Triple-negative breast cancer risk in women is defined by the defect of estrogen signaling: preventive and therapeutic implications
National Institute of Oncology, Surgical and Molecular Tumor Pathology Centre, Budapest, Hungary
Abstract: Epidemiologic studies strongly support that triple-negative breast cancers (TNBCs) may be distinct entities as compared with estrogen receptor (ER)+ tumors, suggesting that the etiologic factors, clinical characteristics, and therapeutic possibilities may vary by molecular subtypes. Many investigations propose that reproductive factors and exogenous hormone use differently or even quite inversely affect the risk of TNBCs and ER+ cancers. Controversies concerning the exact role of even the same risk factor in TNBC development justify that the biological mechanisms behind the initiation of both TNBCs and non-TNBCs are completely obscure. To arrive at a comprehensive understanding of the etiology of different breast cancer subtypes, we should also reconsider our traditional concepts and beliefs regarding cancer risk factors. Malignancies are multicausal, but the disturbance of proper estrogen signaling seems to be a crucial risk factor for the development of mammary cancers. The grade of defect in metabolic and hormonal equilibrium is directly associated with TNBC risk for women during their whole life. Inverse impact of menopausal status or parity on the development of ER+ and ER- breast cancers may not be possible; these controversial results derive from the misinterpretation of percentage-based statistical evaluations. Exogenous or parity-associated excessive estrogen supply is suppressive against breast cancer, though the lower the ER expression of tumors, the weaker the anticancer capacity. In women, the most important preventive strategy against breast cancers – included TNBCs – is the strict control and maintenance of hormonal equilibrium from early adolescence through the whole lifetime, particularly during the periods of great hormonal changes.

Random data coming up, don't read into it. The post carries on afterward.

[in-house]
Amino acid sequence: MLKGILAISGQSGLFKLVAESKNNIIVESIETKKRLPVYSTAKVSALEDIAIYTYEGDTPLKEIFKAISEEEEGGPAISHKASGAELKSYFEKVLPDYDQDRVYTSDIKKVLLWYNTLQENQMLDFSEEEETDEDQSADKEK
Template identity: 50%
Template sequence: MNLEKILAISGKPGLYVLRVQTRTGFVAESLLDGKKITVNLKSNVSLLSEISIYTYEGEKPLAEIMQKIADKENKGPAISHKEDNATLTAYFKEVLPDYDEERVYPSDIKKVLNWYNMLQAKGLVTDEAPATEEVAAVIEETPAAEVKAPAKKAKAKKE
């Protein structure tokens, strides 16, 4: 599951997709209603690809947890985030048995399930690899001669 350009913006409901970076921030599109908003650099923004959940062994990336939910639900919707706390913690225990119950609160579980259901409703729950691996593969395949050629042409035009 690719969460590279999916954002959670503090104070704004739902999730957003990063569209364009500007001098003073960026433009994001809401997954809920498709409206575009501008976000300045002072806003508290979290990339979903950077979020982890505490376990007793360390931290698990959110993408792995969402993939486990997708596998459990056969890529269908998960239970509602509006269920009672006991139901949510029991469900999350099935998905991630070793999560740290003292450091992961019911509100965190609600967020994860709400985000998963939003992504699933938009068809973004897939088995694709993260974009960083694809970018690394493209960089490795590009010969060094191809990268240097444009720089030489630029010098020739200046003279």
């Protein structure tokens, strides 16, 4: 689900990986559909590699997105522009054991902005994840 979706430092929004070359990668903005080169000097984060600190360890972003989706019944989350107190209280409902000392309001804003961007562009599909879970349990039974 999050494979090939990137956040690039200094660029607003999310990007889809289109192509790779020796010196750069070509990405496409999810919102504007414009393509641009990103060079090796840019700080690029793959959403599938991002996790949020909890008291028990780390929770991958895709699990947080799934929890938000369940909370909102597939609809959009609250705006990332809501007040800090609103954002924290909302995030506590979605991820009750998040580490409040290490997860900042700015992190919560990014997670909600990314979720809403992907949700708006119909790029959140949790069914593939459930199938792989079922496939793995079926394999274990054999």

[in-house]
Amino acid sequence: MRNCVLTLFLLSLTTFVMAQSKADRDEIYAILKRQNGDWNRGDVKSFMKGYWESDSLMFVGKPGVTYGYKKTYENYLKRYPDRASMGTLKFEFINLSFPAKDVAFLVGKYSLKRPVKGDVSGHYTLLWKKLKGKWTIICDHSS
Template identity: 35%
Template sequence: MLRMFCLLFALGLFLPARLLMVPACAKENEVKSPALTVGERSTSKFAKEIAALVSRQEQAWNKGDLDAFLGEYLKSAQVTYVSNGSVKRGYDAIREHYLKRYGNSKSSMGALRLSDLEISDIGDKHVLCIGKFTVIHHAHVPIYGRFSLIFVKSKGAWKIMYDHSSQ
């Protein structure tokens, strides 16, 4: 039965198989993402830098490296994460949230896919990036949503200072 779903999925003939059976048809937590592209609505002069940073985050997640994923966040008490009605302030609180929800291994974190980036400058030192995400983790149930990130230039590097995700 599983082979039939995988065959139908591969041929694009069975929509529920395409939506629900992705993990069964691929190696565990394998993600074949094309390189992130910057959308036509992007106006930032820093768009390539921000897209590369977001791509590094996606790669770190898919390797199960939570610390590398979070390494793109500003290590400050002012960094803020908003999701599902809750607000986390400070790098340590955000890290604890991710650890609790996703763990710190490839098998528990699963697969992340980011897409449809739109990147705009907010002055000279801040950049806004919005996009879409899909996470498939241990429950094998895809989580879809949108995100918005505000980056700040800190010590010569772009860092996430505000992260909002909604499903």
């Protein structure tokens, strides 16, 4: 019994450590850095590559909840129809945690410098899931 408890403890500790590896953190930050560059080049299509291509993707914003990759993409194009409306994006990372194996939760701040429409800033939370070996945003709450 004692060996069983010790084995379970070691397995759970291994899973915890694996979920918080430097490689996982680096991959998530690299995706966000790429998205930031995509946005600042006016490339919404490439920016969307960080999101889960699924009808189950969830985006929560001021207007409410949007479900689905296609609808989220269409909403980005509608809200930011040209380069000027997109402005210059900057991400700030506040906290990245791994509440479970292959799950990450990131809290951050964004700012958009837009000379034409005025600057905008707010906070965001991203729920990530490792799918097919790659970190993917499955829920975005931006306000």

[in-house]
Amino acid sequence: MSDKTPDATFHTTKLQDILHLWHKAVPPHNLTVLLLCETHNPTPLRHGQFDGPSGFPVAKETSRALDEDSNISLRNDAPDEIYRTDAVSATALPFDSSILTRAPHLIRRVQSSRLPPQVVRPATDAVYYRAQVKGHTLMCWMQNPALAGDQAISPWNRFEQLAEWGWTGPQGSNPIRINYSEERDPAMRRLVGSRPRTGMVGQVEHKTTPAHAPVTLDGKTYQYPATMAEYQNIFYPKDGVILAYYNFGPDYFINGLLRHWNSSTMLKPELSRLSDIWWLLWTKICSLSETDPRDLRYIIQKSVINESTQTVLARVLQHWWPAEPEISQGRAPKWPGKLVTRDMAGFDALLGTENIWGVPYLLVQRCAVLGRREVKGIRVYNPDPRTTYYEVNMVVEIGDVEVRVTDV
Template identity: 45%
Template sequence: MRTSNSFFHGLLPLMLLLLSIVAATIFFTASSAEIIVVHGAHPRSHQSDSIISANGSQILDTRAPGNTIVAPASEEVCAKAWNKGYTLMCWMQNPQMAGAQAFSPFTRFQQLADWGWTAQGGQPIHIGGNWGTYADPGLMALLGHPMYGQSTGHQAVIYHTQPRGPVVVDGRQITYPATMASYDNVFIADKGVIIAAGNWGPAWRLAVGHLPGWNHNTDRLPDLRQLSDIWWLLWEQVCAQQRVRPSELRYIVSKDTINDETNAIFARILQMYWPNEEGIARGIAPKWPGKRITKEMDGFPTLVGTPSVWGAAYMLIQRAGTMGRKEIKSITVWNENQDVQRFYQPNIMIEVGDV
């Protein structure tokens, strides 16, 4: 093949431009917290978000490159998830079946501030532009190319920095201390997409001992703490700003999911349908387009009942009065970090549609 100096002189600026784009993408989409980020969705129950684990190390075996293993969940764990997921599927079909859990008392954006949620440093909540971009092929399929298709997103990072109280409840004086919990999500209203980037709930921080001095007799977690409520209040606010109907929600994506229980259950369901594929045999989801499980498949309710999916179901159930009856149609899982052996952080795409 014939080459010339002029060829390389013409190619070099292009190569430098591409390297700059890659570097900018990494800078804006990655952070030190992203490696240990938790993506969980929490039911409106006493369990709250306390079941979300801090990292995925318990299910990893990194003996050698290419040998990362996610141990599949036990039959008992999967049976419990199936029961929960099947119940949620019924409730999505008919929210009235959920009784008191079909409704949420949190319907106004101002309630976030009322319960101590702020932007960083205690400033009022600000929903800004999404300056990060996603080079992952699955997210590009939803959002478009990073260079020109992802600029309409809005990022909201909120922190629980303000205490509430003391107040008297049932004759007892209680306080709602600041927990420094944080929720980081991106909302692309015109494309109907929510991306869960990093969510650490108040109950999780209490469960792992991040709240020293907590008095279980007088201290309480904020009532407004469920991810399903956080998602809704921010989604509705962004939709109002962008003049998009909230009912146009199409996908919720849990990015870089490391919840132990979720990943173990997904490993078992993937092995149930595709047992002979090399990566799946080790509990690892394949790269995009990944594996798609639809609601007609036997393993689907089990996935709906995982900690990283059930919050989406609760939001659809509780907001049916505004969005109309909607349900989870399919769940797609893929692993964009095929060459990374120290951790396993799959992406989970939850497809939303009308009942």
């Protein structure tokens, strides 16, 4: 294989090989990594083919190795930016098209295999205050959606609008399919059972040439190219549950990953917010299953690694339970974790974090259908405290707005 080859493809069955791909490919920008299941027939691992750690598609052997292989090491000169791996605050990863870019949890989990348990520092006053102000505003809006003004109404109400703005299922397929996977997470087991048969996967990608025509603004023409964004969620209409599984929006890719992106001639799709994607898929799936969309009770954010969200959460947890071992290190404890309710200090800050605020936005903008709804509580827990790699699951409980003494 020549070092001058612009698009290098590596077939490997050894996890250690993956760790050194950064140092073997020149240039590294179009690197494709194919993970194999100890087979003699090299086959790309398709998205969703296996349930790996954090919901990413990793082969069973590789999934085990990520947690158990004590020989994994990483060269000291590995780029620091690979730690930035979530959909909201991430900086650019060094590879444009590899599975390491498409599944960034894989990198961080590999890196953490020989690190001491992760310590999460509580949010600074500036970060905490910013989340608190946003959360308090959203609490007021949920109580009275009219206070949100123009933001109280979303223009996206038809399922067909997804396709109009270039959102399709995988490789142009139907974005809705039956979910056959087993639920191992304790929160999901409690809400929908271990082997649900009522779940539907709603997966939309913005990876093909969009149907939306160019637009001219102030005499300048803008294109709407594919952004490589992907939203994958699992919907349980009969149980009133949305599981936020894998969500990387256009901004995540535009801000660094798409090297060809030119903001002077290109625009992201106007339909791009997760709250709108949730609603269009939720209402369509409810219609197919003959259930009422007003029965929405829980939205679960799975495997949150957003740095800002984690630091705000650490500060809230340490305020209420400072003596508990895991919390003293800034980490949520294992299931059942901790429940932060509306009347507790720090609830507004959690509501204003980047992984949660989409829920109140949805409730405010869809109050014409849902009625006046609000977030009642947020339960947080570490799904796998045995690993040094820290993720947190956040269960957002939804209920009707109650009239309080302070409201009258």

Keywords: cancer prevention, infertility, insulin resistance, menopause, metabolic syndrome, type 2 diabetes